Simon Towle of the World Wildlife Fund is the Manager of the Sepik Community Land Care Project in Wewak, PNG.
Photo: Chris Johnson
July 26, 2001
The Impact of Introduced Species
This is Genevieve Johnson speaking to you from Papua New Guinea.
The vast majority of the world's six billion people, no longer live inside what remains of their local ecosystems. Globalisation has given humans the freedom to traverse the planet in a matter of hours if we so desire. Unfortunately, we do not always travel alone. Domesticated as well as wild animals and plants often accompany us, sometimes intentionally but often without our knowledge.
The rapid transfer of alien species has reached catastrophic proportions in many of the world's seas, oceans, rivers, lakes and waterways. The acceleration in global trade is seeing species being moved across oceans as stowaways in ship ballast water. Some have escaped from marine aquaculture farms. Sometimes a species of plant or parasite will be inadvertently growing on the shells of cultured shellfish, while other species are intentionally released into waterways to grow and be harvested.
As a result, everyday around the globe, thousands of species are being introduced into new environments. Most introductions will die when the new conditions are too harsh to support them, others may survive as harmless constituents. The problem lies in those few species that thrive when the receiving environmental conditions are similar in temperature, salinity and dynamics to that from which they came. These opportunistic introduced species can wreck havoc, overwhelming and often forcing out the local flora and fauna that are often not equipped to cope with, or defend themselves against such invasions. It is believed that the introduction of exotic species is second only to habitat destruction as the leading cause of native species loss and endangering natural ecosystems.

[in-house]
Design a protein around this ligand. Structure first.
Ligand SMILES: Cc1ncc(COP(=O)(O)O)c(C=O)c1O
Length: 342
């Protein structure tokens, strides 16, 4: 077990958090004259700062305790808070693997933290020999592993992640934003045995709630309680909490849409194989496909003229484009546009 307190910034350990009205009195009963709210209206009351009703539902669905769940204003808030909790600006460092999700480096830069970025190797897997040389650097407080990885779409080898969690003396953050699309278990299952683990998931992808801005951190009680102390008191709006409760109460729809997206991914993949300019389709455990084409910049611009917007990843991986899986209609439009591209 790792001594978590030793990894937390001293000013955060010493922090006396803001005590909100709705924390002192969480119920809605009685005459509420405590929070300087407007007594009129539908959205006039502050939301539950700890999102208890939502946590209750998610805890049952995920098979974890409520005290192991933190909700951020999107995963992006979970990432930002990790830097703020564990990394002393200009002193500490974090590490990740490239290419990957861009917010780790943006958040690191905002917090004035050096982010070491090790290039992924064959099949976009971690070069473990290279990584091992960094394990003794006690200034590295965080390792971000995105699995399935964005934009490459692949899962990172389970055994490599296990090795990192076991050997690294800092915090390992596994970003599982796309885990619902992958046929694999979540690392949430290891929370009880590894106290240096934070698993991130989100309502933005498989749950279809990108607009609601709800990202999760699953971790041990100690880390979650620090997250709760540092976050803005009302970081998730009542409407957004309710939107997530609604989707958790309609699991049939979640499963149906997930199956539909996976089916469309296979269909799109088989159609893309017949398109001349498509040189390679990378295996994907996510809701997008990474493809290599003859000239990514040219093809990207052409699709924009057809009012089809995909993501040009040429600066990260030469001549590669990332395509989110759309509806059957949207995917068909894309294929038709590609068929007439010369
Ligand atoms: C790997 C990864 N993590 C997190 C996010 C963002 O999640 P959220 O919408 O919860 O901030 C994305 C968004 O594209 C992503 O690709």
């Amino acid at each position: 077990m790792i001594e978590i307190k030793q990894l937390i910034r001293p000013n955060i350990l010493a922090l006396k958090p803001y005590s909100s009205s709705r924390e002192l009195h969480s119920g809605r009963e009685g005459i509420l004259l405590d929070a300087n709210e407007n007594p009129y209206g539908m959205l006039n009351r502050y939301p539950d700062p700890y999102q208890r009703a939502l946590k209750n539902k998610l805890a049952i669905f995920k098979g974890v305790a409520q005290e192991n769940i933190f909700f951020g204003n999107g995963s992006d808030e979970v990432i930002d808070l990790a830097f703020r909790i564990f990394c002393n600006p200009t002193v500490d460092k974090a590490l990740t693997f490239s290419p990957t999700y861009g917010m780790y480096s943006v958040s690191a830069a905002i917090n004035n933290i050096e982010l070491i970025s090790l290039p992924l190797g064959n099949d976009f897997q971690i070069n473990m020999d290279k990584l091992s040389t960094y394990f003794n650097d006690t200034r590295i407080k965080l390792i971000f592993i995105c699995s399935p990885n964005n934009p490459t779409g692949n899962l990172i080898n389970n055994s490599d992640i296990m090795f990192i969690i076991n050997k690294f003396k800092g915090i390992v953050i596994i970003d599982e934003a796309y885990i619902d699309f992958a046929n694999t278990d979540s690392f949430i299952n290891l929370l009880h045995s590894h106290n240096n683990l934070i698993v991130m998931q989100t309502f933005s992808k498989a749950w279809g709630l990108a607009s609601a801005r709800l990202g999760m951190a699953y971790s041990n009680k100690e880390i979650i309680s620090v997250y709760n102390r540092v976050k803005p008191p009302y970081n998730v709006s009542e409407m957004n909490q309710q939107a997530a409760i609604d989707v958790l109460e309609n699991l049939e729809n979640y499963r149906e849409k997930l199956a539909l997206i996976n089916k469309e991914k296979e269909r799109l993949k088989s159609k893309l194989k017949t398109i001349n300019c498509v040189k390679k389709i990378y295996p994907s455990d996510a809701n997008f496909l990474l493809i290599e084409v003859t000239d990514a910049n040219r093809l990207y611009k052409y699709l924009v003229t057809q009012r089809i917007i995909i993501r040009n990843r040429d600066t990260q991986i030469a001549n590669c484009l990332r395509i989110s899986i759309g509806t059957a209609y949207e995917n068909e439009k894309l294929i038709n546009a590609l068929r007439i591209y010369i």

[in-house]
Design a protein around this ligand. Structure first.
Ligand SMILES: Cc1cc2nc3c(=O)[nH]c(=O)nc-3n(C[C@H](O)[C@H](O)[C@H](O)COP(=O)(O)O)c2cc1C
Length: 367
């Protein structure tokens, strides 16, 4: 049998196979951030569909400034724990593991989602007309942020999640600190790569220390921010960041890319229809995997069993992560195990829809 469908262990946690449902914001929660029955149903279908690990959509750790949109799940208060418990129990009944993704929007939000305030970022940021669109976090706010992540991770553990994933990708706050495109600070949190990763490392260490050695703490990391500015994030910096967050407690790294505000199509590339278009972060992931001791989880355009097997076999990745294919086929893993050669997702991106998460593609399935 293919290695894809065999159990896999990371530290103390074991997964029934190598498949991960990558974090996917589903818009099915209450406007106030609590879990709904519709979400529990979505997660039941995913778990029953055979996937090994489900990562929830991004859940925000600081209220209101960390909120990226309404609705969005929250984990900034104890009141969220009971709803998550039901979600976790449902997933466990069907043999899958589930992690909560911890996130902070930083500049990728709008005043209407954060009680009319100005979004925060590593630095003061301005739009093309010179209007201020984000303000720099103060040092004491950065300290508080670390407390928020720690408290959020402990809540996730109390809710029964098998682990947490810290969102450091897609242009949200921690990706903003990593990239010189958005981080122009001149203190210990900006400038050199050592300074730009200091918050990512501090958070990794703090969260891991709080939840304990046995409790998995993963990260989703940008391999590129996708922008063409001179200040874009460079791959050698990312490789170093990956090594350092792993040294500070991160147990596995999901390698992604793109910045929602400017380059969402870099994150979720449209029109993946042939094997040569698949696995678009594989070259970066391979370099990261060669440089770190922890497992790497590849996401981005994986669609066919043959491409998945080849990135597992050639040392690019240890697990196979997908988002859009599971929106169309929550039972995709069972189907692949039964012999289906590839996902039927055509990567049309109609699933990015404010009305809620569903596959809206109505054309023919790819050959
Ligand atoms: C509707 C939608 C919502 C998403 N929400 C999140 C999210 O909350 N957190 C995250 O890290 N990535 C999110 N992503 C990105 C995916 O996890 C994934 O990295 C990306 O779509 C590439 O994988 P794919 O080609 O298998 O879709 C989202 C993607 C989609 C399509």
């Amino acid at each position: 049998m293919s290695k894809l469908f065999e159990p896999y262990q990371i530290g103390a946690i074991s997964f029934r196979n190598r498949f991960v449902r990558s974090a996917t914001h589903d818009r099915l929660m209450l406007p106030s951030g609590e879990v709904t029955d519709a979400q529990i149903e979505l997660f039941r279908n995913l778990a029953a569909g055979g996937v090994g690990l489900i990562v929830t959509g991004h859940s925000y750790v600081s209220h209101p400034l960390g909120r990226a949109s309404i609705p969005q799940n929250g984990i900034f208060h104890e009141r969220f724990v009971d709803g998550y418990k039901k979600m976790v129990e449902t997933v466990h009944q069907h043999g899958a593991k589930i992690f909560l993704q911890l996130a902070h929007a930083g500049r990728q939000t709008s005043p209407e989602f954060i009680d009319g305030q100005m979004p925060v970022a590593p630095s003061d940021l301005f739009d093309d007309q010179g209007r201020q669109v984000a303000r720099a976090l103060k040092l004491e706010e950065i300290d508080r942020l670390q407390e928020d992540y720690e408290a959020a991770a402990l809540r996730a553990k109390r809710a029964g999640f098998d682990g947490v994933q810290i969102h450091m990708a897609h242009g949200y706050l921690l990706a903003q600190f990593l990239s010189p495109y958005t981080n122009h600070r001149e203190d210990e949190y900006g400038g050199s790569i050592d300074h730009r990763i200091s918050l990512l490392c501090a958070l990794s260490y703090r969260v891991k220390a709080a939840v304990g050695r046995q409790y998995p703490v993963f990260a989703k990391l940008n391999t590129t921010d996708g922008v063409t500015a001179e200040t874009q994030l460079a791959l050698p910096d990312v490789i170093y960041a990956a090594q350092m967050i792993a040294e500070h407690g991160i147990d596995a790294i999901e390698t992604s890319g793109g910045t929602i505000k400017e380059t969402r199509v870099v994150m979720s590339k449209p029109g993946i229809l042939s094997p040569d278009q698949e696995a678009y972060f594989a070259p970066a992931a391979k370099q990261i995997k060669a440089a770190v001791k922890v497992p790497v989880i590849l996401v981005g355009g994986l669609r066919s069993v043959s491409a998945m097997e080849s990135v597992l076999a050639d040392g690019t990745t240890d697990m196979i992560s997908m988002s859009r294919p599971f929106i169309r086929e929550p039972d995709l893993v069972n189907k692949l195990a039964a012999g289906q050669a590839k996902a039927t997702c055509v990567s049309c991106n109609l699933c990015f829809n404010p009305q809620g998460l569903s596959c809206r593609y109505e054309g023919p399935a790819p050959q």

Simon Towle of the World Wildlife Fund works as the Manager of the Sepik Community Land Care Project in Wewak. He discusses the consequences of recent fish introductions into the Sepik River:
"The Sepik River is one of the largest, untamed rivers in whole of the Asia Pacific. It is extremely important in terms of its wetland and forest values but it also has an enormous impact on the coastal marine environment.
The boar of the Sepik River goes more than 50 kilometers out to sea and it has an enormous impact on the whole north coast of Papua New Guinea. We have a number of issues we are dealing with in the river itself. One of them is that about 40 species of fish have been introduced into the Sepik into the last 10 years. They were introduced for reasons, which were perhaps founded on the belief that the communities needed more food and that fish would provide them. But unfortunately, relatively little science was done to look at the impact the introductions were going to have. Consequently, the extraordinary prawn (shrimp) fauna, which was endemic to the Sepik, has been compromised by an extraordinary degree by the introduction of these fish species. The other thing is that at least one of the species introduced appears to be dangerous to humans and there have been at least two recorded deaths associated with one of the introduced fish attacking swimmers and killing them.
Wetlands complex associated with the Sepik River is probably one of the most important wetland areas in the whole of Asia. Over the next couple of years we will be developing a very substantial marine program based here in Madang and also in Wewak aimed at getting a really good marine protection regime established on the north coast of Papua New Guinea."
Log by Genevieve Johnson